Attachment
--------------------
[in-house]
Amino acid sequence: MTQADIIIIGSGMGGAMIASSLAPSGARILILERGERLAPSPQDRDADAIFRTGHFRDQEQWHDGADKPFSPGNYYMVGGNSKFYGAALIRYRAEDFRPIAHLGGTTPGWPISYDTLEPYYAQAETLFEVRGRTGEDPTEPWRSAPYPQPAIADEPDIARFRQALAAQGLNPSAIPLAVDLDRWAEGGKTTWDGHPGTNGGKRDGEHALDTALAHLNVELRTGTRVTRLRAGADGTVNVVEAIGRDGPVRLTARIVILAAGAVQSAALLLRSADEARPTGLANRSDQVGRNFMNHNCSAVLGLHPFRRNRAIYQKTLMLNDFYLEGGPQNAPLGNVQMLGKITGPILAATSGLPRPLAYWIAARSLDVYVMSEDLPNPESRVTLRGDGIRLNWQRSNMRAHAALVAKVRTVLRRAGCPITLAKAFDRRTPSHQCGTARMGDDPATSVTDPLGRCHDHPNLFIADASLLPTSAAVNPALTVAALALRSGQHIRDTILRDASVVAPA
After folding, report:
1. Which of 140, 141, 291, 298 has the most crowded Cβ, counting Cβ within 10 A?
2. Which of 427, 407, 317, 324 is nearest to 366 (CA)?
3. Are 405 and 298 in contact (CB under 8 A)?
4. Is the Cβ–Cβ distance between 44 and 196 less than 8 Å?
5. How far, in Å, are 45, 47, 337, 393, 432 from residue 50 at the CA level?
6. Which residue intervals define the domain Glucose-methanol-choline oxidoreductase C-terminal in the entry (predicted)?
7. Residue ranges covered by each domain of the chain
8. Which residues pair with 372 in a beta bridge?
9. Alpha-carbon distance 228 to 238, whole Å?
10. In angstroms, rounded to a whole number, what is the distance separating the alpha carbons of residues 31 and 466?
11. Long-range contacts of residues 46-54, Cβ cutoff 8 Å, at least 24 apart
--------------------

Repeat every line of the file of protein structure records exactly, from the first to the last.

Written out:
[in-house]
Amino acid sequence: MTQADIIIIGSGMGGAMIASSLAPSGARILILERGERLAPSPQDRDADAIFRTGHFRDQEQWHDGADKPFSPGNYYMVGGNSKFYGAALIRYRAEDFRPIAHLGGTTPGWPISYDTLEPYYAQAETLFEVRGRTGEDPTEPWRSAPYPQPAIADEPDIARFRQALAAQGLNPSAIPLAVDLDRWAEGGKTTWDGHPGTNGGKRDGEHALDTALAHLNVELRTGTRVTRLRAGADGTVNVVEAIGRDGPVRLTARIVILAAGAVQSAALLLRSADEARPTGLANRSDQVGRNFMNHNCSAVLGLHPFRRNRAIYQKTLMLNDFYLEGGPQNAPLGNVQMLGKITGPILAATSGLPRPLAYWIAARSLDVYVMSEDLPNPESRVTLRGDGIRLNWQRSNMRAHAALVAKVRTVLRRAGCPITLAKAFDRRTPSHQCGTARMGDDPATSVTDPLGRCHDHPNLFIADASLLPTSAAVNPALTVAALALRSGQHIRDTILRDASVVAPA
After folding, report:
1. Which of 140, 141, 291, 298 has the most crowded Cβ, counting Cβ within 10 A?
2. Which of 427, 407, 317, 324 is nearest to 366 (CA)?
3. Are 405 and 298 in contact (CB under 8 A)?
4. Is the Cβ–Cβ distance between 44 and 196 less than 8 Å?
5. How far, in Å, are 45, 47, 337, 393, 432 from residue 50 at the CA level?
6. Which residue intervals define the domain Glucose-methanol-choline oxidoreductase C-terminal in the entry (predicted)?
7. Residue ranges covered by each domain of the chain
8. Which residues pair with 372 in a beta bridge?
9. Alpha-carbon distance 228 to 238, whole Å?
10. In angstroms, rounded to a whole number, what is the distance separating the alpha carbons of residues 31 and 466?
11. Long-range contacts of residues 46-54, Cβ cutoff 8 Å, at least 24 apart